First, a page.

Researchers help young men escape 'killing years'
Black males between 15 and 24 accounted for more than a third of homicide victims in Pittsburgh last year, an age range that University of Pittsburgh researchers dubbed the “killing years” in a study blaming preventable peer violence, not gang activity, for the deaths.
Slowing that cycle of violence is the goal of Pitt's Graduate School of Public Health Community Violence Prevention Project, researchers said in a report on Tuesday.
“Ultimately, we're trying to prevent retaliation,” said trauma surgeon Alan Murdock, a contractor with the Air Force who with his staff at UPMC Presbyterian engages with gunshot victims as part of a pilot program for the Prevention Project. “The shooters and the victims are often the same people. It just depends who is on which side of the gun today.”
Murdock and his crew start working with victims the moment they arrive, getting consent to contact outreach workers who talk with the family and community members to get at the heart of the crime.
Interventions include extra legal counsel, relocation, school tutoring, mental evaluations and treatment — whatever patients need to set up a social network to support a lifestyle free from the influences that put them in the hospital, said Richard Garland, visiting instructor in Pitt's behavioral and community health sciences department and co-author of the report.
Garland headed the defunct One Vision, One Life, a county-funded program that used ex-offenders to try to curb street violence by intervening with kids.
Defined as a purposeful, self-motivated conflict or perceived disrespect between two individuals who know each other, peer violence can involve a disagreement over a girl, money or even a pair of shoes, Garland said.
“We started looking around,” Garland said. “What if we could break the cycle of violence in some of these families with an intervention that involves the whole community? It could change the fabric of a generation.”
“People are very quick to label gun violence as criminal or gang-related. It's not that simple,” Pitt researcher Steven Albert said. “There are very specific environmental and policy trends that drive homicide, and that's what we want to address.”
Thirty-six percent of Pittsburgh homicide victims in 2012 fit into the “killing years” age range, Albert said, and more than 31 percent were likely related to peer violence, according to the study.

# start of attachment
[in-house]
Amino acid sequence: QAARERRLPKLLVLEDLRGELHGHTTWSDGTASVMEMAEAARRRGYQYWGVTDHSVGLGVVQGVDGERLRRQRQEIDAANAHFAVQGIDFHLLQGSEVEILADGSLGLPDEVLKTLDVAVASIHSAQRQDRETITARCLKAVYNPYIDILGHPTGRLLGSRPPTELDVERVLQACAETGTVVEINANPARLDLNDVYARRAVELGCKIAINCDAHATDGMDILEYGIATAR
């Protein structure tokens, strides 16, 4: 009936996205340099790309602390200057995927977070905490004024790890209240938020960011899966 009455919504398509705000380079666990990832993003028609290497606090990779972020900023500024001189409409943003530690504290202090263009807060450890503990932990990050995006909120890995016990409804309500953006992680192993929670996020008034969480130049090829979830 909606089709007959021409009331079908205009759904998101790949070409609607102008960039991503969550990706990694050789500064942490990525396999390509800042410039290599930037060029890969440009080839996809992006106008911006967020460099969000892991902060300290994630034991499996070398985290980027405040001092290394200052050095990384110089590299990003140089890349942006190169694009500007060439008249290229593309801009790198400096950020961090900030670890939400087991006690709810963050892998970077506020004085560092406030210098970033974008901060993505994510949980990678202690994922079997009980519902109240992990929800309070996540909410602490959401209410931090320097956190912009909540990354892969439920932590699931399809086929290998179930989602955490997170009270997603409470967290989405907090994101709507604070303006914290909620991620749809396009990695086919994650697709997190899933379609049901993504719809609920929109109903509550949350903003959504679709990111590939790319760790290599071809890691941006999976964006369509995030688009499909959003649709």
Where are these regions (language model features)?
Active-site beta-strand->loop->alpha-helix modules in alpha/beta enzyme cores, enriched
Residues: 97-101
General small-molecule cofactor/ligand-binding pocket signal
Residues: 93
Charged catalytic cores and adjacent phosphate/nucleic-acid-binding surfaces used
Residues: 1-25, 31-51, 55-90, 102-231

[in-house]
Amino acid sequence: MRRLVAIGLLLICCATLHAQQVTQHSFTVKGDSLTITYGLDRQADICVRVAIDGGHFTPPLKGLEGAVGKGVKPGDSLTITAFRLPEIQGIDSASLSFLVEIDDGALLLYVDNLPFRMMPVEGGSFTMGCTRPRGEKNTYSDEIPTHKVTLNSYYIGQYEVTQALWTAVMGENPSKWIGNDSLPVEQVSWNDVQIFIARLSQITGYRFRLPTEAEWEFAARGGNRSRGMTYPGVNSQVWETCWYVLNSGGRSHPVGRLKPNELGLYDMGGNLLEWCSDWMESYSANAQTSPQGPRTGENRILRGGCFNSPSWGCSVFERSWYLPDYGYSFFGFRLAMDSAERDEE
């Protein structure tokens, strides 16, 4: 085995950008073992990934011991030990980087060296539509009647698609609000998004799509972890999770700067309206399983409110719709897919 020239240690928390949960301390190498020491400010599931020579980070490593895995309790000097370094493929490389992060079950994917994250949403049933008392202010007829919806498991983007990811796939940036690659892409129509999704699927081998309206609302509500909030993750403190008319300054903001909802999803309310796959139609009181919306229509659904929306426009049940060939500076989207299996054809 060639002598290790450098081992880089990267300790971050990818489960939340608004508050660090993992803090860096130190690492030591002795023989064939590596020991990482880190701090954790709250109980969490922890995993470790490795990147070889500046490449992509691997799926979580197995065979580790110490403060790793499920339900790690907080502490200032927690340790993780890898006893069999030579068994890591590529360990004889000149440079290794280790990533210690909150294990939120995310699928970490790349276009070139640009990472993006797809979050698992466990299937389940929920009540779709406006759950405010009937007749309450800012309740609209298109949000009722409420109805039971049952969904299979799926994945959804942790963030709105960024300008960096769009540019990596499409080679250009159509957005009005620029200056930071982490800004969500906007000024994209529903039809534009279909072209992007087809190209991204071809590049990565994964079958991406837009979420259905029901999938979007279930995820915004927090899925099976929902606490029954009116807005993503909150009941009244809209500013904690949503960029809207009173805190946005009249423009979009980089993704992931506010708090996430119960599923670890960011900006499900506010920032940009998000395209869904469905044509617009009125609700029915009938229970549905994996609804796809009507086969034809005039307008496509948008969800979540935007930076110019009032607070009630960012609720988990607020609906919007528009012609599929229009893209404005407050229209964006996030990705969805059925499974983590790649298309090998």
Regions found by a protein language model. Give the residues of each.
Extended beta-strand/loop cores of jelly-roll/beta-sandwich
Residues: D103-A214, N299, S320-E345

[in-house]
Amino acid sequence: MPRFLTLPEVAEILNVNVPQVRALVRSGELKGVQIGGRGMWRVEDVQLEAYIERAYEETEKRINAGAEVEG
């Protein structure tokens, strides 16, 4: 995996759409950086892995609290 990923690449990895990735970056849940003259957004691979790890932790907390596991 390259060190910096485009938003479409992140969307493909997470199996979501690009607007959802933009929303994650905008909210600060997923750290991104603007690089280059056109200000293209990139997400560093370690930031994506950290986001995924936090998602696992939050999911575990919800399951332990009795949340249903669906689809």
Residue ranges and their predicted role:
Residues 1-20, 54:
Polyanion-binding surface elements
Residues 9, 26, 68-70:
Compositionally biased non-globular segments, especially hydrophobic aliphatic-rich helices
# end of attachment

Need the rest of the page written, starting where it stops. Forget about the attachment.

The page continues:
Researchers said funding for the Prevention Project will come from the Richard King Mellon Foundation. The program would target gunshot patients, often attempted homicide victims, to begin the process of healing psychologically and physically.
All four hospitals that provide Level 1 trauma services in Allegheny County — Allegheny General Hospital and UPMC Presbyterian, Mercy and Children's — have agreed to host the Prevention Project, a first among similar programs nationwide.
Garland, Albert and others addressed Pittsburgh's 2012 homicides with a team of mental health professionals, family counselors, psychologists, legal advocates, police and community members the same way they are looking at this year's 72 reported homicides in Allegheny County.
In 2012, 95 percent of homicides were the result of a gunshot, according to data from the Pittsburgh Initiative to Reduce Crime.
Murdock estimated the program could reach at least one-quarter of the 200 to 400 gunshot victims the hospital treats annually, potentially reducing unpaid hospital bills, incarceration fees and lives lost to violence.
“I see some patients six times, but others we can help get cleaned up and on a better path before that second and third visit,” he said. “We know we can't reach everyone, but if we help one, it's worth the effort.”
Megan Harris is a staff writer for Trib Total Media. She can be reached at 412-388-5815 or firstname.lastname@example.org.
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